On Why it's so Hard to Find Love & Forrest Gump

You're on your usual 6:30pm run. The wind's blowing strong on your face, it's freezing, but you've dressed appropriately. You remember this podcast on scientific reasoning as to why people have "aha!" moments when they're out in the wild, or running, or taking cold showers. 

A runner passes by. 

You keep running, with nothing much going on in your head, other than the fact that you're not really having much of an "aha!" moment. 

Another runner passes by. 

You're about 2.5km in, and you've crossed 4 runners running on the opposite side, but you haven't yet seen anyone running in your direction. That's funny, you think to yourself. Another runner passes, and now it's bothering you. Why are there always so many people running in the opposite direction, but only old and slow people running in yours. 

It takes you a minute, but you figure it out, and then it seems obvious. It has to do with the relatively equal average speeds of the runners and their initial starting positions. So, that would mean, if everyone ran the exact same speed, the only way they would bump into each other is if they started at the same position and ran together. But that's extremely rare. However, since humans run at varying speeds, the only way to cross more people along your path would be to either go super slow, or go super fast. You think this would be a fun math problem to see at what speed you'd have to run to cross more people. But another thought arises.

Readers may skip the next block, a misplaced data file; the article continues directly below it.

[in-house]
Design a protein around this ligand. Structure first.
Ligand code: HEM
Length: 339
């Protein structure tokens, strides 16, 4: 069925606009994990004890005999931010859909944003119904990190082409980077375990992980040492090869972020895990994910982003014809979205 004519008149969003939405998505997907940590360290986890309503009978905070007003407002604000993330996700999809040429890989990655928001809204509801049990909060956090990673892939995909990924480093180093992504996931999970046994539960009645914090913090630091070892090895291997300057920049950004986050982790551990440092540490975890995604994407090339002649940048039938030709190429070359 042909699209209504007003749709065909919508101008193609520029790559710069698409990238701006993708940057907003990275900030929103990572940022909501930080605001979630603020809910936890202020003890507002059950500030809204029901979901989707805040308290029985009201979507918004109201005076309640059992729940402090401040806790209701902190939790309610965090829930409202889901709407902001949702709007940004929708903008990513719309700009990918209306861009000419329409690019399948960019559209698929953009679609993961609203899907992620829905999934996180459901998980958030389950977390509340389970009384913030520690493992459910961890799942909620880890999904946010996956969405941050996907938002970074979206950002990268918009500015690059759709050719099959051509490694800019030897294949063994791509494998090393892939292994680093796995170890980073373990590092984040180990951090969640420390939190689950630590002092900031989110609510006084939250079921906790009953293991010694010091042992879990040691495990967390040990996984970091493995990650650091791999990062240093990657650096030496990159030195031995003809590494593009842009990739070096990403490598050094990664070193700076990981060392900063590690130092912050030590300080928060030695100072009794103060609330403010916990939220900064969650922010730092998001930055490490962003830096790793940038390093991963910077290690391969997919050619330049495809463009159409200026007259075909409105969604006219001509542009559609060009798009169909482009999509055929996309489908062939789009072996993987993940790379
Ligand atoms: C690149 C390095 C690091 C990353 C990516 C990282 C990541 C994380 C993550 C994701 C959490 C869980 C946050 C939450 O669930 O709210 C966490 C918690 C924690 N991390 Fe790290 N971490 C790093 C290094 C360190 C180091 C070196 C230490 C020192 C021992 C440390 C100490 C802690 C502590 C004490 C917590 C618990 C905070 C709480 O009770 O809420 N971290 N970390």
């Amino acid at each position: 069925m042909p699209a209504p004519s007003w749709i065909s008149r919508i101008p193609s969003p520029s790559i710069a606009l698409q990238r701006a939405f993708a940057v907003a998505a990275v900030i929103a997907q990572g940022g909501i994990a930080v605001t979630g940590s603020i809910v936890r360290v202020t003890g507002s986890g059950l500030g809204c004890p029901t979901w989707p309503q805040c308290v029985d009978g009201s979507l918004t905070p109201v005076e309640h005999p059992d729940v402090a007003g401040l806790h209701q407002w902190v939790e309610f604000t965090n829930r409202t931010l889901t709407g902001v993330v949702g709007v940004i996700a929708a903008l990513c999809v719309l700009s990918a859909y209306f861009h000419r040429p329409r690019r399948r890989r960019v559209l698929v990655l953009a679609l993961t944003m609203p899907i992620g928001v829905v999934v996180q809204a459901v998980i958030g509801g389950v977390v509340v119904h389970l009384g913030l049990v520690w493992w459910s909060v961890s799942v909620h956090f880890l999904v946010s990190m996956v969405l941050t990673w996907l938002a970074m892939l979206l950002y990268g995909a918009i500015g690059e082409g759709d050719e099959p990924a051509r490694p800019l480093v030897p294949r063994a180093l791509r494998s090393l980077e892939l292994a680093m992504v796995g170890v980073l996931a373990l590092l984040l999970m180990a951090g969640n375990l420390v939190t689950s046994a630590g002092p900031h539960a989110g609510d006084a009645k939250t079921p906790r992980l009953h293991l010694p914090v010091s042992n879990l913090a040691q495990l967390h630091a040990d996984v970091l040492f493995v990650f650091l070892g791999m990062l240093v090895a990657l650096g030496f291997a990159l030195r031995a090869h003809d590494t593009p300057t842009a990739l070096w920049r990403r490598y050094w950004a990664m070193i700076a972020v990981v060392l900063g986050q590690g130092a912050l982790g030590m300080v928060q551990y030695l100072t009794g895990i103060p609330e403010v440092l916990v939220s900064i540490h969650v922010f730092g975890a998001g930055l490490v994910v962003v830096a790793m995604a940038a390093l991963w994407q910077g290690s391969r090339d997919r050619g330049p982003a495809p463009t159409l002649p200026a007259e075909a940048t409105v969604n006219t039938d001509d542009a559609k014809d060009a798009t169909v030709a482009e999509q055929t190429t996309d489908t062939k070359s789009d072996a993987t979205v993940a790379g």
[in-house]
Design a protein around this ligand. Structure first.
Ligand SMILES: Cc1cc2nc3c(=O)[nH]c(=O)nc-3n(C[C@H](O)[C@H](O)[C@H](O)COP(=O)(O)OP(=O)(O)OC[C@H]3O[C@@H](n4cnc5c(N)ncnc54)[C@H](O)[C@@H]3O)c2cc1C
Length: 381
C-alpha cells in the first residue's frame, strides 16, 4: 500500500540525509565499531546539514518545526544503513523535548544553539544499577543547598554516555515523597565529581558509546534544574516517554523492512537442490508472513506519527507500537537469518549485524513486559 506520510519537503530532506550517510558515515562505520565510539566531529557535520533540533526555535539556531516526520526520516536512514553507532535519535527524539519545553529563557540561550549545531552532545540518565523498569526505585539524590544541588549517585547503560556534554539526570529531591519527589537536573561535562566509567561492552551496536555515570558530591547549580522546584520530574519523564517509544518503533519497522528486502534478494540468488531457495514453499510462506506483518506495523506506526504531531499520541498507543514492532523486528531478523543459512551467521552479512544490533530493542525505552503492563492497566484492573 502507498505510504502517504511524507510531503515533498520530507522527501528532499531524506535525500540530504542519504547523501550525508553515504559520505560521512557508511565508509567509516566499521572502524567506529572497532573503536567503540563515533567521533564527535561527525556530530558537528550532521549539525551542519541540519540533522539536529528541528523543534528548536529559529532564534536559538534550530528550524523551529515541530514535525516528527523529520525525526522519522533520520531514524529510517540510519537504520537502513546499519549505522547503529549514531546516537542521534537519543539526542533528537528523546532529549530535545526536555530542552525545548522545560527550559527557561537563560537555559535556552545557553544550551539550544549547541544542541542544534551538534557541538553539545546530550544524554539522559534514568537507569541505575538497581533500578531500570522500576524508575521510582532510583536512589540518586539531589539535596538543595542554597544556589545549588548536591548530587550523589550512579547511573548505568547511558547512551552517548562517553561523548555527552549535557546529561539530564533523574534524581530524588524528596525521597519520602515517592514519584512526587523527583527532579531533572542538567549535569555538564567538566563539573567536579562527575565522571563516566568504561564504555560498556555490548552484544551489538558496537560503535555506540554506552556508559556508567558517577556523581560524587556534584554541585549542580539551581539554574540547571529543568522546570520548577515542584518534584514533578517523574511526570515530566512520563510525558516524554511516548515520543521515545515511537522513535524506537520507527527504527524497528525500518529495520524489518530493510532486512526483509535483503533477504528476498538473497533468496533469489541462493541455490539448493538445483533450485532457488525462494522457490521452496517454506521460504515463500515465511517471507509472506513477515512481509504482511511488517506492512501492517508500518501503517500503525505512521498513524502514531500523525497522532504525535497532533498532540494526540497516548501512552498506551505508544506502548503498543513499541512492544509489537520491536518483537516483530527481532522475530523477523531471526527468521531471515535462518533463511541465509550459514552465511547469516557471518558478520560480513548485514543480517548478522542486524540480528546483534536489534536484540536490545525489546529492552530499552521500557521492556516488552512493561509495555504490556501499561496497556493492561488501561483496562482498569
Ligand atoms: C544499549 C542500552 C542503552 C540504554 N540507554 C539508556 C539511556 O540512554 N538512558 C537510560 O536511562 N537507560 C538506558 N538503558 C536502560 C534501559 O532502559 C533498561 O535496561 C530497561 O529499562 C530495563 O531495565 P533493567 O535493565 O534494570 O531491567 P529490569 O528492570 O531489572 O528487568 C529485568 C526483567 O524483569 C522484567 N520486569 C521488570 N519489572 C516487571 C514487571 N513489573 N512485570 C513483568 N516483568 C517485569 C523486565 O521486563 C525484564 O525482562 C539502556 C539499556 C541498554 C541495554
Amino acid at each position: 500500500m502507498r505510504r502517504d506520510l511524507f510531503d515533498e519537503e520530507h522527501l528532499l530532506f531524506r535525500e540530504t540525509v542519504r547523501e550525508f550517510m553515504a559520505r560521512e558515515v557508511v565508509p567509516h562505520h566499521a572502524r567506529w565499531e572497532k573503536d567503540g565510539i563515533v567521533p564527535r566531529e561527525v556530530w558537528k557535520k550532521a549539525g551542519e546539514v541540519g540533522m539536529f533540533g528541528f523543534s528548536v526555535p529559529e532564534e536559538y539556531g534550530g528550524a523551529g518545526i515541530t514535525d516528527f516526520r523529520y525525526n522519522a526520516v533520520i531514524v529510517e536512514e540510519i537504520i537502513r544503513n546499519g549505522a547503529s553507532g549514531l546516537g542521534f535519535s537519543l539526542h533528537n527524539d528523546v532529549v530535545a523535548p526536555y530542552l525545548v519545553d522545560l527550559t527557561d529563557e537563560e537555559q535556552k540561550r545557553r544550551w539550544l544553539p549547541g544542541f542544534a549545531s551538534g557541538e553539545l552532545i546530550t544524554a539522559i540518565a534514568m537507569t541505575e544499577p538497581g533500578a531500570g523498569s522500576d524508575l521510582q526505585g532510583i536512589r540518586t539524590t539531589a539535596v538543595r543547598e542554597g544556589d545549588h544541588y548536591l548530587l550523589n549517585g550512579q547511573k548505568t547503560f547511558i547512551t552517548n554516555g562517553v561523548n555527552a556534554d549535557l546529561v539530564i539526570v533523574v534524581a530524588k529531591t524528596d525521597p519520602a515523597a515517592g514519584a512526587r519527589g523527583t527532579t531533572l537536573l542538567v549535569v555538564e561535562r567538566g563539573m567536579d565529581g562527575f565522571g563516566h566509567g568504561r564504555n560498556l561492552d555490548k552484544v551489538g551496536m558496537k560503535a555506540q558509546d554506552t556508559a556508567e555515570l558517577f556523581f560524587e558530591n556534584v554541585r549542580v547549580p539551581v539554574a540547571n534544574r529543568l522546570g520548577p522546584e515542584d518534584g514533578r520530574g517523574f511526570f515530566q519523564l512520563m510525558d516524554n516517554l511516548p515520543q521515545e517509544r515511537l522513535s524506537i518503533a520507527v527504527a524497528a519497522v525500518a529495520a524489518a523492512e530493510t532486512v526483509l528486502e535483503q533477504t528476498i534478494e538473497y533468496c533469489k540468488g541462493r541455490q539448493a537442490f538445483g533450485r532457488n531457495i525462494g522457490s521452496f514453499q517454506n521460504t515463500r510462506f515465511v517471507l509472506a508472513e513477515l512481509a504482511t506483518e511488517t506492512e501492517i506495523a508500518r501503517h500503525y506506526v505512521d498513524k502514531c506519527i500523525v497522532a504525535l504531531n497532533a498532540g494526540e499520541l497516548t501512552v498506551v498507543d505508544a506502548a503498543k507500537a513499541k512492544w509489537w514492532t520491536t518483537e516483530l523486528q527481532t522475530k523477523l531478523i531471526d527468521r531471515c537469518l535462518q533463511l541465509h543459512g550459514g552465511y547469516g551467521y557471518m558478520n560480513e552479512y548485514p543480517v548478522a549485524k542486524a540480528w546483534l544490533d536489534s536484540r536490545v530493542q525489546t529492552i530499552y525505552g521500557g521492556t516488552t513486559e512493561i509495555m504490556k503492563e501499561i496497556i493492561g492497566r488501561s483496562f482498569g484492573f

Ha, funny, you think. This sounds a lot like life. We're all running, and we're all running the same average speeds - and that's why it's so hard to find a partner! To find a partner, you either have to get very lucky and start at the same position and run together at equal speeds (meet at university, or at a job), or slow down in life and hold on for people behind to catch up (spend your time scrolling through dating apps and going to bars actively looking for something to happen), or you have to speed up and get noticed (get smart, get rich, be more visible).

The podcast was right, there is something to being out running that gives you "aha!" moments. 


If you haven't seen Forrest Gump, I'd highly recommend it. Here's the arithmetic I did later. It's actually pretty straightforward and interesting. 

  • Average running speed ~ 10km/h. [8-12km/h] 
  • Average distance ~ 10km. So that's 5km one way. 
  • Next, the average number of people I cross running on the opposite side is about 20 tops.
  • Remember, this is all very hand-wavy and I've estimated numbers on the higher side. (I definitely don't think I cross 20 people.)
  • So, now let's say people are evenly distributed on the 5km stretch. That's 20 people spread across a 5km distance.
  • That's one person every 250m.
  • And that's a lot more distance than is visible in my runs due to non-straight roads.
  • Now, given that I run at 11km/h, how much time would it take me to overtake the next person 250m ahead of me running 1km/h slower than me?
  • Time to cross 250m traveling 1km/h faster than the person ahead of me is 15 mins
  • There we go! That explains why I rarely cross anyone, or anyone else crosses me.


Popular posts from this blog

[Breaking News] AI takes over universe to calculate Pi

Firebase Auth | The Debug vs Release Signature Problem

Finding My Parter